American Apparel Is Back, But Not Everything Is Made in the USA

American Apparel. Photo: American Apparel

Did you wake up yesterday feeling a little bit lighter? The lightness that comes with knowing that nonathletic tennis skirts and striped tube socks were suddenly widely available again? Maybe you didn’t, but I definitely did.

American Apparel’s website relaunched yesterday, bringing light and life to all. Gildan Activewear Inc. acquired American Apparel at a bankruptcy auction. It purchased American Apparel’s name, but not its operations, which explains the biggest difference in American Apparel 2.0 — not everything is made in USA.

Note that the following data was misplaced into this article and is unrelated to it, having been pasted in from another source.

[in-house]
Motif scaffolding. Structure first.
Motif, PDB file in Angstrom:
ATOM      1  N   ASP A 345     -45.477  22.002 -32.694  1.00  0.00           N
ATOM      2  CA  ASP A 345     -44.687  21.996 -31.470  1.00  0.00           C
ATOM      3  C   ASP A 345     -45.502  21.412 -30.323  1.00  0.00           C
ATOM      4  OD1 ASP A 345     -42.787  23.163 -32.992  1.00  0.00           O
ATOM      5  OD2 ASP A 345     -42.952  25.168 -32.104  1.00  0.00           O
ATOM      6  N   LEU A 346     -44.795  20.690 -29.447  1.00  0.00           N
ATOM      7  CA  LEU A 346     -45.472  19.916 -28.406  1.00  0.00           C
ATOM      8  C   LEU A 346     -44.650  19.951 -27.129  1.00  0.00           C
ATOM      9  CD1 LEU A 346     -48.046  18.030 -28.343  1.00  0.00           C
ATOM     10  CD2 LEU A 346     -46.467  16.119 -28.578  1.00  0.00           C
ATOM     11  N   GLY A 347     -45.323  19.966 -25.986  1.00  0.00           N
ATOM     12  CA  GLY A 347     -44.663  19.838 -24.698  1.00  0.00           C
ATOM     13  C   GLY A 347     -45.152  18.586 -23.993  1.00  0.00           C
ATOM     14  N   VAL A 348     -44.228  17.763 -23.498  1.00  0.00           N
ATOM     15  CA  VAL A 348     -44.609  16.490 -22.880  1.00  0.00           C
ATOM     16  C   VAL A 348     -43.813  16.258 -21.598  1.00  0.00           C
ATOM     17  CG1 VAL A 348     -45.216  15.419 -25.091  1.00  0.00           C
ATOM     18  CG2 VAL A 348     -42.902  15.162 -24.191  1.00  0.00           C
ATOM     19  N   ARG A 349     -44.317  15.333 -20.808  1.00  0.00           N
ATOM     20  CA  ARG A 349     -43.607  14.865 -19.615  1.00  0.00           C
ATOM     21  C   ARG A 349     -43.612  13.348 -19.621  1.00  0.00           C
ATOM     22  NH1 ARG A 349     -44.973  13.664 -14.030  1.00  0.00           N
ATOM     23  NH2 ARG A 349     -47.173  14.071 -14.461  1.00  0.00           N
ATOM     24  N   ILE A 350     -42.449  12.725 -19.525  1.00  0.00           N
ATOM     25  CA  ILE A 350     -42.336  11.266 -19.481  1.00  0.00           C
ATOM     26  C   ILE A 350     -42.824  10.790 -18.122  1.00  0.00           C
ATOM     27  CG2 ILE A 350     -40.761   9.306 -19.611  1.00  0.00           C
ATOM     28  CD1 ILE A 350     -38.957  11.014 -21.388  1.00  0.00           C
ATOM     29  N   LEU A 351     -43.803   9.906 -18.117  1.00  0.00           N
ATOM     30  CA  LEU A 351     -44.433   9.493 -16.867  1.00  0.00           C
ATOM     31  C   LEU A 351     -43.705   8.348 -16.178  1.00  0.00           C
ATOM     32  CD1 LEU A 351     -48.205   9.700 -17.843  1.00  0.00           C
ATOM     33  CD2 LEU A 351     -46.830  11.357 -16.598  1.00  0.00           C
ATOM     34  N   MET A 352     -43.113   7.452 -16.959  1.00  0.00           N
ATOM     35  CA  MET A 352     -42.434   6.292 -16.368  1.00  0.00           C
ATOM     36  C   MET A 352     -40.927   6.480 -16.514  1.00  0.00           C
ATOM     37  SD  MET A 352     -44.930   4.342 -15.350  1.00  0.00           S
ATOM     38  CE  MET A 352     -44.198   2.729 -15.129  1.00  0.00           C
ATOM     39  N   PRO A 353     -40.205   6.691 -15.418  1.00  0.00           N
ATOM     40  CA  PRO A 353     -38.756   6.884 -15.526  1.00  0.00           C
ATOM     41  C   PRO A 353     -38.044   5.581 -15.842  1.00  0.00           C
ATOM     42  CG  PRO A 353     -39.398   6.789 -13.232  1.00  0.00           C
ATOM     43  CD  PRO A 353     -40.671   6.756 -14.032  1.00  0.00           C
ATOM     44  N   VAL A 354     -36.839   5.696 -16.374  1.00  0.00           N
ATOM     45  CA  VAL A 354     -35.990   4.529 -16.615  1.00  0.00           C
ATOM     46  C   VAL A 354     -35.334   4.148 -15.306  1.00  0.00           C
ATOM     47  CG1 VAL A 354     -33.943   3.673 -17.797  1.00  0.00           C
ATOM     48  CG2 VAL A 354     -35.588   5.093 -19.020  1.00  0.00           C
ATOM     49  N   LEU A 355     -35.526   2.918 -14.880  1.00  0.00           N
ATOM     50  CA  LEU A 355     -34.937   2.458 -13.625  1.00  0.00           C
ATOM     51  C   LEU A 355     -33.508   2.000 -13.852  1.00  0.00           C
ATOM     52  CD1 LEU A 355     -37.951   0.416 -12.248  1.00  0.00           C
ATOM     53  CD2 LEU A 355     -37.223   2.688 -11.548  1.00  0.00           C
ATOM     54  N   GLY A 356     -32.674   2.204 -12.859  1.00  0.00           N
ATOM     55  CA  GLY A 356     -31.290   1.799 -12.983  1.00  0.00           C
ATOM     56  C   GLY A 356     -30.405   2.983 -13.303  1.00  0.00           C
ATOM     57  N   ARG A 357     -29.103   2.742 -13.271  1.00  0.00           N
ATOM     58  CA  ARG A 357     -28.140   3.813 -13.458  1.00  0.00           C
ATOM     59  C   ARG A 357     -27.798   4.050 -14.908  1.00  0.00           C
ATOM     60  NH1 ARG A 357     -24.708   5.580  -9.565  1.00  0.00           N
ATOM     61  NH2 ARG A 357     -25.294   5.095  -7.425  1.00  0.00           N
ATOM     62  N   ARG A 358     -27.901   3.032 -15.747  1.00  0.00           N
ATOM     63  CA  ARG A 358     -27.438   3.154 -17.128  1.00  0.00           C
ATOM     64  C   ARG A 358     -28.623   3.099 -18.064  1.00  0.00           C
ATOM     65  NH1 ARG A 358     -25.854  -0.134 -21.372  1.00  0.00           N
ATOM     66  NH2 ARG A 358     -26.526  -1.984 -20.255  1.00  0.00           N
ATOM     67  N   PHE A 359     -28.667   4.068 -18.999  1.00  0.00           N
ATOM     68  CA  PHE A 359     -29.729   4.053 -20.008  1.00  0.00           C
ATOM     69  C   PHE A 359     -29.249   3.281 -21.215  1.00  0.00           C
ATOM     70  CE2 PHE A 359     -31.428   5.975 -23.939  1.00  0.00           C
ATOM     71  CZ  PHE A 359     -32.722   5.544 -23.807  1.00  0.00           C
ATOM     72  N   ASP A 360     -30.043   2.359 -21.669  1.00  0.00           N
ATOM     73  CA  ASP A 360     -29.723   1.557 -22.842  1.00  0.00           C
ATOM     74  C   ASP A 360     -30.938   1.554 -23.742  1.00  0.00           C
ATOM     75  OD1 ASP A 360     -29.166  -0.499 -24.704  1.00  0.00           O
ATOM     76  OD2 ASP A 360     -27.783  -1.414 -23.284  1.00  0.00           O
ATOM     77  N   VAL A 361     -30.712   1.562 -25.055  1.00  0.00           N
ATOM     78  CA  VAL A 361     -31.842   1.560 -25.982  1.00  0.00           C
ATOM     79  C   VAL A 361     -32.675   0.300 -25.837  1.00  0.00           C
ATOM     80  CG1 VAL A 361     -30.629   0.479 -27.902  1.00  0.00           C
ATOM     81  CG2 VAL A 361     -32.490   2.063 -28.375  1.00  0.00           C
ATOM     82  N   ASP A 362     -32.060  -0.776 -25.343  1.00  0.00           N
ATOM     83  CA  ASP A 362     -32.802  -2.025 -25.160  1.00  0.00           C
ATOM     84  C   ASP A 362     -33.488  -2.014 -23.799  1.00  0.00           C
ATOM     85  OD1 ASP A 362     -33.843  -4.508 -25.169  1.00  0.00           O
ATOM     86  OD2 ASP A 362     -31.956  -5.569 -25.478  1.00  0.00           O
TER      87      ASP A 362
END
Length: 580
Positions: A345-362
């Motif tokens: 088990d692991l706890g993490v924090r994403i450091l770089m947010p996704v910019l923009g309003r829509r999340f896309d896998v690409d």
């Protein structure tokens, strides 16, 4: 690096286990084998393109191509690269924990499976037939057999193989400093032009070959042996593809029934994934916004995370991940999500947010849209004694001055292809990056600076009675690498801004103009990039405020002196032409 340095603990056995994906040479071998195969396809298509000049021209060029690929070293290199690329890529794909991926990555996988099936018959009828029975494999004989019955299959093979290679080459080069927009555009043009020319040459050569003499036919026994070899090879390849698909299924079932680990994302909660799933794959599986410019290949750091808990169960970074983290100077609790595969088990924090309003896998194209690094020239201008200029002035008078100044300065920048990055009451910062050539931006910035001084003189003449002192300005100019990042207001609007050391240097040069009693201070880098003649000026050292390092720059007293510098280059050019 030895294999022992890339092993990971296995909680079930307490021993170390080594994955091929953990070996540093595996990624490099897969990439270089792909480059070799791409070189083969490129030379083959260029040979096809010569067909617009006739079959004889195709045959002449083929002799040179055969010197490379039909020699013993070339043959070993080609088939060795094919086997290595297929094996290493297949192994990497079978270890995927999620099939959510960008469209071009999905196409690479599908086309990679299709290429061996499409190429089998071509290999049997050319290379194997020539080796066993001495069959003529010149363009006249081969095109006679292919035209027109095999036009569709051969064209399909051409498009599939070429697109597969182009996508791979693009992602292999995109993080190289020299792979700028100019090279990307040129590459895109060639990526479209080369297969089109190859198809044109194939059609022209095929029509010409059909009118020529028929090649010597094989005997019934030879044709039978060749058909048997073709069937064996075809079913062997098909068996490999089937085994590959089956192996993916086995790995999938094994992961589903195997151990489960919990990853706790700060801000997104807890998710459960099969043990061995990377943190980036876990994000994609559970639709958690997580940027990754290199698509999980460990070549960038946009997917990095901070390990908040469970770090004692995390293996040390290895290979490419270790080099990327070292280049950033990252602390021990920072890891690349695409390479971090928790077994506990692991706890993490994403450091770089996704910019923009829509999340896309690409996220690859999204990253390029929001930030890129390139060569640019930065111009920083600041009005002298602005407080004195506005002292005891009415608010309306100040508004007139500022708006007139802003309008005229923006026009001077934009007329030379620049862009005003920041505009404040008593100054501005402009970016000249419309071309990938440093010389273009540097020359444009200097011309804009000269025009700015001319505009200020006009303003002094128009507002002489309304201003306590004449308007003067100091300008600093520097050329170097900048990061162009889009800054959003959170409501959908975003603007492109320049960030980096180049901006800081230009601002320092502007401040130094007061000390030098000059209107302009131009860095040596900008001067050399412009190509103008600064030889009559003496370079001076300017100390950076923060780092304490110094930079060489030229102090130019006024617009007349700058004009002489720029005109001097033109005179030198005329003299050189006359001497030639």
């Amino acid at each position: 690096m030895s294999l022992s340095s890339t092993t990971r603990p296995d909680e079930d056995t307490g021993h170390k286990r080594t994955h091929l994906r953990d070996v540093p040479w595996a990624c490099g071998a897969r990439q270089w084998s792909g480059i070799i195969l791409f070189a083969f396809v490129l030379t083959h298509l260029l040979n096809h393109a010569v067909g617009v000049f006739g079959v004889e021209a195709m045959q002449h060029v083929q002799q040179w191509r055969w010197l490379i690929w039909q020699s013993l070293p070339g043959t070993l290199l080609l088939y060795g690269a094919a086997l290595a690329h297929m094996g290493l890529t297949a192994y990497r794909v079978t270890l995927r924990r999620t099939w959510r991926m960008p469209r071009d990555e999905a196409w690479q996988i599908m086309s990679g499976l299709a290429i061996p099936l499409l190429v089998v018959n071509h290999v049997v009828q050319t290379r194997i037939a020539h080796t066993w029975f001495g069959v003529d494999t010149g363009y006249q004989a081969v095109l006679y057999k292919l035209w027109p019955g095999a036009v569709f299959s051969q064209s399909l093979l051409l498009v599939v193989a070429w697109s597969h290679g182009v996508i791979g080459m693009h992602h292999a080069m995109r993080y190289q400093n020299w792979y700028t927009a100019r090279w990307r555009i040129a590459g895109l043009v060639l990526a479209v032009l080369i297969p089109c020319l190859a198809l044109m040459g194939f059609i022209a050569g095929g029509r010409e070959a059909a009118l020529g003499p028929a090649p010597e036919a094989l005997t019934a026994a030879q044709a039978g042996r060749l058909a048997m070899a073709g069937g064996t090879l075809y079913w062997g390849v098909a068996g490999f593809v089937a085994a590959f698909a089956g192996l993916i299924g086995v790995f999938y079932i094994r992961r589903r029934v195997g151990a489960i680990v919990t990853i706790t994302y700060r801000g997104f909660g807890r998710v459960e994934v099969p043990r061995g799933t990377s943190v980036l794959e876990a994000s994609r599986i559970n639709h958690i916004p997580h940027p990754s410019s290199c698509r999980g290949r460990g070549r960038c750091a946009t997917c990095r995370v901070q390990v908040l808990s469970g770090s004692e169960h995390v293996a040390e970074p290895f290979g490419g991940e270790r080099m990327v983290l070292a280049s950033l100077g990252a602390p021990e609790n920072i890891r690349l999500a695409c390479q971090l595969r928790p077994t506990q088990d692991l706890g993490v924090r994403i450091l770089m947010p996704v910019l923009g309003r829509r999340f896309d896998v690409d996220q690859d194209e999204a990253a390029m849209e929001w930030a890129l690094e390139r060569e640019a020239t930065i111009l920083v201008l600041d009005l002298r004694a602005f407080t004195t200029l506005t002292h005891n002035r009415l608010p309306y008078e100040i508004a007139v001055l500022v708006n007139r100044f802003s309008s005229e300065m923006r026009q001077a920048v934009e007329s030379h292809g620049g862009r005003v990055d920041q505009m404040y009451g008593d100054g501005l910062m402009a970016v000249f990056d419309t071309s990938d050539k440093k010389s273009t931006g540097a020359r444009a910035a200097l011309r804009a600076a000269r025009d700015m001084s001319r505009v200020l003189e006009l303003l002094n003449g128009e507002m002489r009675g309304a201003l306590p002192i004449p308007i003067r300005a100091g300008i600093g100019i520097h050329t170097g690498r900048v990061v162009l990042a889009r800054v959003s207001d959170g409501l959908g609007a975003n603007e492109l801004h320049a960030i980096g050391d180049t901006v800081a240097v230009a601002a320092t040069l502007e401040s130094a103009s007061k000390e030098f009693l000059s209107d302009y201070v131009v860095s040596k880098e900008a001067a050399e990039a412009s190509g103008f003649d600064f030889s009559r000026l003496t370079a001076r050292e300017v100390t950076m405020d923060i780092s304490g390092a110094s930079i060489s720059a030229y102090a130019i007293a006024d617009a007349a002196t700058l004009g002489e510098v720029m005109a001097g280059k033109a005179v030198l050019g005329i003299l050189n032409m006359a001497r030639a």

The new site’s tagline reads, “Globally sourced, ethically made, sweatshop free. That’s American Apparel.” To appeal to its original market, it has a “Made in USA” capsule collection of eight styles that are domestically produced.

The Made in USA capsule is more expensive than the identical, foreign-made counterpart. For instance, an American hoodie costs $48, while its globally made twin costs $38.

For transparency’s sake, there is also a section titled “Sweatshop Free Stories” to provide a look into their new foreign factories in Honduras where the rest of their clothes are produced.

The company explains the change at the top of the “Sweatshop Free Stories” section: “At American Apparel we’ve always believed in sweatshop free and ethical manufacturing. We’ve also always believed that border lines are pointless.”

American Apparel Is Back, But Not Everything Is Made in USA